ON FRIDAY, APRIL 30, the WHO quietly updated a page on its website. In a section on how the coronavirus gets transmitted, the text now states that the virus can spread via aerosols as well as larger droplets. As Zeynep Tufekci noted in The New York Times, perhaps the biggest news of the pandemic passed with no news conference, no big declaration. If you weren’t paying attention, it was easy to miss.
To err is human, and thus we are often making choices with less than the full facts. But when these decisions have lasting implications for life and property, we do well to both call out and own the mistakes and emendations.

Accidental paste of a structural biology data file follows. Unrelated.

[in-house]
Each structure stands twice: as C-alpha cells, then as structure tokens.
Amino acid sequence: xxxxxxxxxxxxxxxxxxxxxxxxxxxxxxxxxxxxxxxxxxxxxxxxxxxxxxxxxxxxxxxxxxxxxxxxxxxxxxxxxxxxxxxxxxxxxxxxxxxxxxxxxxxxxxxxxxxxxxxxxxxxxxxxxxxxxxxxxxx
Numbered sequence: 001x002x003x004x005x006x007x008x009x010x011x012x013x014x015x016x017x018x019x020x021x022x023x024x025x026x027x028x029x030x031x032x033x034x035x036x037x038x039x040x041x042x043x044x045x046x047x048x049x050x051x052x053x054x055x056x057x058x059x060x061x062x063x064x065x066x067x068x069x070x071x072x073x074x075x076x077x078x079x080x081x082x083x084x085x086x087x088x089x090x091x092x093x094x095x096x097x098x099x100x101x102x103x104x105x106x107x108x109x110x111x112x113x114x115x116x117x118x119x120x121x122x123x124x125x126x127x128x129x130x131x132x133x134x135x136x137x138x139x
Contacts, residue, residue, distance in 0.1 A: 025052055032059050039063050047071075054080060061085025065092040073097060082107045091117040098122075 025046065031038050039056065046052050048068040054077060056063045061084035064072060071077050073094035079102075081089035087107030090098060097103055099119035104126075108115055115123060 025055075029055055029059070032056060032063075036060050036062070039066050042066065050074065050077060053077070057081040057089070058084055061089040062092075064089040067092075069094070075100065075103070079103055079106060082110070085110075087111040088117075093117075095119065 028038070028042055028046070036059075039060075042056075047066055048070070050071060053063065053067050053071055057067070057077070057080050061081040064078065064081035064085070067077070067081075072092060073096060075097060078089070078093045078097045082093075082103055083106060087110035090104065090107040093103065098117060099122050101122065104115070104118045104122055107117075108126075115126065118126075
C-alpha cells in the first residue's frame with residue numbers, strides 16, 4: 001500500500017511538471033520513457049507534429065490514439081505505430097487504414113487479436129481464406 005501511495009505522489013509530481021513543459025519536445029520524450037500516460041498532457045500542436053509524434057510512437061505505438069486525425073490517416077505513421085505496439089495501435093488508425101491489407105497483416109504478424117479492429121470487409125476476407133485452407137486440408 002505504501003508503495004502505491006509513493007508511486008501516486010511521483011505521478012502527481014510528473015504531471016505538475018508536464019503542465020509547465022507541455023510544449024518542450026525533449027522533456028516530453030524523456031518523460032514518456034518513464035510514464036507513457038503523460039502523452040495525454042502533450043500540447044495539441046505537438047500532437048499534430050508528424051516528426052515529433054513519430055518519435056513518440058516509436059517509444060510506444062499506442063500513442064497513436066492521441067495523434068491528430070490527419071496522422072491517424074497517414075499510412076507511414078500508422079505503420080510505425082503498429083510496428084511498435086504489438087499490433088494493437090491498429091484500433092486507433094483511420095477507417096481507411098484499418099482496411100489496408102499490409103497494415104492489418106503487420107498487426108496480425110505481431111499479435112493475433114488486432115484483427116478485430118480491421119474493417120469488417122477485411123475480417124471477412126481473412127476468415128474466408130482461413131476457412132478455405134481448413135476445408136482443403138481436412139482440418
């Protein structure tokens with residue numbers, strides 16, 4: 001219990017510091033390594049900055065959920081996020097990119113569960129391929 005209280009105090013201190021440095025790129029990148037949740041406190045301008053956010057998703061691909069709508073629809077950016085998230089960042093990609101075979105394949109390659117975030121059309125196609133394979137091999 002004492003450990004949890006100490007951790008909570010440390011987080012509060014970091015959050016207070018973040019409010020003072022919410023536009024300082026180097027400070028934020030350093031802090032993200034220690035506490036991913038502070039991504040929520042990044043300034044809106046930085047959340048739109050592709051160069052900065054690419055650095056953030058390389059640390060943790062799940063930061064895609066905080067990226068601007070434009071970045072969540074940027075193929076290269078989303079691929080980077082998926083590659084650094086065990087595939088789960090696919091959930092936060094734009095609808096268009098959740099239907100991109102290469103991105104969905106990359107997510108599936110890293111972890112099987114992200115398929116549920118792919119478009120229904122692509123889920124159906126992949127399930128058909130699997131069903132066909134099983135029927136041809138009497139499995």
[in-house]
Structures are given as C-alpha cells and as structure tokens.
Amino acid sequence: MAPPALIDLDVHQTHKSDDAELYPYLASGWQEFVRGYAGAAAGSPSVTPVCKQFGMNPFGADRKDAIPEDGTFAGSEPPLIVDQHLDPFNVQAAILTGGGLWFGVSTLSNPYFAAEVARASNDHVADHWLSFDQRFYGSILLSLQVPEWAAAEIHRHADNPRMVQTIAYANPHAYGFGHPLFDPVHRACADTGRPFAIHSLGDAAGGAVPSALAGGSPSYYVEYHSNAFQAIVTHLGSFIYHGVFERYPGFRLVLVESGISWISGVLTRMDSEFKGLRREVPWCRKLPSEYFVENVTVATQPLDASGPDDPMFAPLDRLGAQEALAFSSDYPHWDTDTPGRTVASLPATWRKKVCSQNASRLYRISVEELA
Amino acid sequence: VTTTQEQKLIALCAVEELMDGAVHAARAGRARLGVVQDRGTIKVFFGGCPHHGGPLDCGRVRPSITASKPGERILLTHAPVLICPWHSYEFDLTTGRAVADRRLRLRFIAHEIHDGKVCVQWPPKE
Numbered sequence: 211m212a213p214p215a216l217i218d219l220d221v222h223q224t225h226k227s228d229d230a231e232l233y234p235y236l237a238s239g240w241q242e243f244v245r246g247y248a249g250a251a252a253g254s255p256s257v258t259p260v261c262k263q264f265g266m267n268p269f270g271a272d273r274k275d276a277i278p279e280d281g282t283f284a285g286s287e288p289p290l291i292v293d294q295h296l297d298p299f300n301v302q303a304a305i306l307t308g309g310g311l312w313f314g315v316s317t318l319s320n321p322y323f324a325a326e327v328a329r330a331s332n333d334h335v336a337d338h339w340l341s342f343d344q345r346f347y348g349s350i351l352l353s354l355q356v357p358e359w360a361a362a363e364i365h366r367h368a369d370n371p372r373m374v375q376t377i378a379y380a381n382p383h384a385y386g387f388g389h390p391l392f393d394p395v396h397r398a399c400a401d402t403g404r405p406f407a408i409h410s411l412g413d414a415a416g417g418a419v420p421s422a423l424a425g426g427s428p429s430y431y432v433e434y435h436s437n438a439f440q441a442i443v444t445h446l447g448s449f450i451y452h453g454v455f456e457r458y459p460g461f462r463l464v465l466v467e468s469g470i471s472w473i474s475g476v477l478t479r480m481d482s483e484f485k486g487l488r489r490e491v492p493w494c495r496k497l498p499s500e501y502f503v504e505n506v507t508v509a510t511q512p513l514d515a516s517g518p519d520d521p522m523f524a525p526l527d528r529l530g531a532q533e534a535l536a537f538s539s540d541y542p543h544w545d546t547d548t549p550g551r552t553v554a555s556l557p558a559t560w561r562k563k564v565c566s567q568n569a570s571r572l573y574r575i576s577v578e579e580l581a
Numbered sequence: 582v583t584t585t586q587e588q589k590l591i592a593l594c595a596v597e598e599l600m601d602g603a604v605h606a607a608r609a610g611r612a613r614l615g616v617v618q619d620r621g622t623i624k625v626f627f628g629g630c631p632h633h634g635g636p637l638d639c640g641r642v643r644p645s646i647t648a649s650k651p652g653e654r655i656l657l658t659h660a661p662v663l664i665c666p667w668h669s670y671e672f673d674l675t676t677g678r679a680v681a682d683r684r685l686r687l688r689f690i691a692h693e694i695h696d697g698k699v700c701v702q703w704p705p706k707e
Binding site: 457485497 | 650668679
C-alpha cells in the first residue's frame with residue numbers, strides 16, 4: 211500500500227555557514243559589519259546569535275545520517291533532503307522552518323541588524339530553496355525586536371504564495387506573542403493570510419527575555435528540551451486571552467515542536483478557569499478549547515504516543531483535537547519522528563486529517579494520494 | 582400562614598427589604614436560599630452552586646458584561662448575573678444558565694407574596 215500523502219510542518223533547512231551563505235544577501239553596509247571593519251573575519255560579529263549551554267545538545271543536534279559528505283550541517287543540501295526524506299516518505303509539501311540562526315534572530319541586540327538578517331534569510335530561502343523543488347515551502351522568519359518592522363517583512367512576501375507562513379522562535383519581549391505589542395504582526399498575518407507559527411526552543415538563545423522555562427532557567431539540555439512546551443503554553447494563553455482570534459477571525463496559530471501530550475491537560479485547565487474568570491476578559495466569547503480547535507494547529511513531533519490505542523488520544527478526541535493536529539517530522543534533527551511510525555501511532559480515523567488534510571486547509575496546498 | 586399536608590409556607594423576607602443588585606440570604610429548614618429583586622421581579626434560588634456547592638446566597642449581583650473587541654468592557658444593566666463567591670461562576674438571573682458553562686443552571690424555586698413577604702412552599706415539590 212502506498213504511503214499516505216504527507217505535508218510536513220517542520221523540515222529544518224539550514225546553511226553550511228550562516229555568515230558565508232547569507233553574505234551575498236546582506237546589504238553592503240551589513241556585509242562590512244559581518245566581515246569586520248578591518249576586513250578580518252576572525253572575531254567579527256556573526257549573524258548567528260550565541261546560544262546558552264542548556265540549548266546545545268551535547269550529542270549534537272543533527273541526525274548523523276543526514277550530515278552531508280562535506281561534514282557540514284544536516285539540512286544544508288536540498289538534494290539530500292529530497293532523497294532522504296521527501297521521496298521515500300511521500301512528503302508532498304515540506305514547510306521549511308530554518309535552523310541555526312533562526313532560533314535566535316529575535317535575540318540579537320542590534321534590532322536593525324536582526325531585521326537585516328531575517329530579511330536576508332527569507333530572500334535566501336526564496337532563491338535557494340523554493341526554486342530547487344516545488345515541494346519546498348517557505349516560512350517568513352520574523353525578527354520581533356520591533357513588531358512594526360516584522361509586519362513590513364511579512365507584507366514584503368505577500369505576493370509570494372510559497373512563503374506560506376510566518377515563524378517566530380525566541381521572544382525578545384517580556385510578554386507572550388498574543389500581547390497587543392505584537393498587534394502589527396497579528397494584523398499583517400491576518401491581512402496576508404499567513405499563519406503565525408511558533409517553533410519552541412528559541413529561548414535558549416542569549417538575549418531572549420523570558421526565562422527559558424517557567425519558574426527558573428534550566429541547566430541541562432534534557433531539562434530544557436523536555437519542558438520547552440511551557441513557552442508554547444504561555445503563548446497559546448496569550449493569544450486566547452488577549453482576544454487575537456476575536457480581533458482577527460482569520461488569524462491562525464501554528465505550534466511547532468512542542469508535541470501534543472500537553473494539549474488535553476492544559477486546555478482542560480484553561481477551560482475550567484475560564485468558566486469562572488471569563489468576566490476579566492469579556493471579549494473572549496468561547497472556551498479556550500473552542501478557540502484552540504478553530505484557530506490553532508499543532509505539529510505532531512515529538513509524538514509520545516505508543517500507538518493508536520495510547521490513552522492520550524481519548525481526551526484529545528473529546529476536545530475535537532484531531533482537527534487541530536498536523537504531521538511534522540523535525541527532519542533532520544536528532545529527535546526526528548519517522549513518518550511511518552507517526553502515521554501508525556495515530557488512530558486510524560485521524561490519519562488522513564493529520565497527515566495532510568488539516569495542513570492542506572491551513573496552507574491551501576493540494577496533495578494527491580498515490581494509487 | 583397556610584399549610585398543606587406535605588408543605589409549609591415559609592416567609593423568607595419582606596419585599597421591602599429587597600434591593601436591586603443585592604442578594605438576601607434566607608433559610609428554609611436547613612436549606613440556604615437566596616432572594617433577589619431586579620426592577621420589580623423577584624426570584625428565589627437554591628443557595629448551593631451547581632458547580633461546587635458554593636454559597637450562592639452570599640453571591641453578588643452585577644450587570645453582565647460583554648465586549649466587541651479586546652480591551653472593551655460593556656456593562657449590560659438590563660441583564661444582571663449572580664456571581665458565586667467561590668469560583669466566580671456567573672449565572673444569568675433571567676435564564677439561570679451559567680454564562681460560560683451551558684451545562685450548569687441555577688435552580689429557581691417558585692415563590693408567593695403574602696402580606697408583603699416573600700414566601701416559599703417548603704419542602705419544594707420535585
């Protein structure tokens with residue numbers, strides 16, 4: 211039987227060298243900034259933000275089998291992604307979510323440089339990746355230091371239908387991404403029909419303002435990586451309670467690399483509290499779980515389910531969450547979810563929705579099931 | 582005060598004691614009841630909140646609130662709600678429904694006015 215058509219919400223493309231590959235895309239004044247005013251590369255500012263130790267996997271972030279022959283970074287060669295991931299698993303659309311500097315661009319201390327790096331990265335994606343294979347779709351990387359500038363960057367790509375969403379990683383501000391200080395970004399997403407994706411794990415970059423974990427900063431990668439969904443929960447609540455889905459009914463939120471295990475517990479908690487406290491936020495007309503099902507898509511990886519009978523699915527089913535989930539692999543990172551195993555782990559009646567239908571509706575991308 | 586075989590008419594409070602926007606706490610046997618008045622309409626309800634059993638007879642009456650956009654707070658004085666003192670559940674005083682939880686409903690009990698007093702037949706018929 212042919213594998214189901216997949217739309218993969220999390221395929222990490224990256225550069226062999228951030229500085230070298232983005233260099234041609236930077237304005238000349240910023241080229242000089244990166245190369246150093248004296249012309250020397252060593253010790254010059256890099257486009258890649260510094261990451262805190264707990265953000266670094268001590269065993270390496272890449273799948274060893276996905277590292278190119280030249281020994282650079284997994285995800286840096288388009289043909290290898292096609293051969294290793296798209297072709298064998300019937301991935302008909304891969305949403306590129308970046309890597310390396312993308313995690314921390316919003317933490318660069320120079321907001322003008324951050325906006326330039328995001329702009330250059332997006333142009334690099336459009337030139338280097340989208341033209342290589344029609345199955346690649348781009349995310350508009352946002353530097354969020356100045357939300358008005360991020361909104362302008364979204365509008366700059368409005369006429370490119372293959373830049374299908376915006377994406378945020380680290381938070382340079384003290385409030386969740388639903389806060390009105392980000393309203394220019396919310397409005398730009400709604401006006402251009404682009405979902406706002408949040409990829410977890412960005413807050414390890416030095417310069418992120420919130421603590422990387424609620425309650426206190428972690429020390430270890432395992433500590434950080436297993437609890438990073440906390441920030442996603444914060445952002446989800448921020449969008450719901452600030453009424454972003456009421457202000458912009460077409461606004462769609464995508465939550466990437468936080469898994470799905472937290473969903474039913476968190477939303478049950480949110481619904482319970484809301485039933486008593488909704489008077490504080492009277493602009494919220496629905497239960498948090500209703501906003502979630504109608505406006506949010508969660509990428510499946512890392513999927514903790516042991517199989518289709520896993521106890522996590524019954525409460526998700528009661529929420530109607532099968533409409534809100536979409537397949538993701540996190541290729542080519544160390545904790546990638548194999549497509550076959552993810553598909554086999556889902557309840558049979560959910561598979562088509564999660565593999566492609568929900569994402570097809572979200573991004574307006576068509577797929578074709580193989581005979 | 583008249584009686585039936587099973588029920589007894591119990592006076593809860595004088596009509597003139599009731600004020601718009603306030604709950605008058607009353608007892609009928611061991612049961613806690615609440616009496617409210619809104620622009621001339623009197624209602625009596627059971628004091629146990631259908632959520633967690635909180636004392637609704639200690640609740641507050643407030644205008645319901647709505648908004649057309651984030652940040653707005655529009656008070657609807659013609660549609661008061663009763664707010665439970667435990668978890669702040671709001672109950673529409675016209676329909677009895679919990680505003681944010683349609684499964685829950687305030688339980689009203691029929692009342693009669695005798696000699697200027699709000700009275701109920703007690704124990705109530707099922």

Not because we should scapegoat or publicly whip those guilty of transgressions, as is even more popular in this grotesque age of ‘cancel culture,’ but because only by naming but also explaining why we got it so badly wrong can we create a safe space for analysis and improvement.
In such a safe space it is probable less time would be spent defending an incorrect position. The concomitant effect is we would then have more resources to improve our world.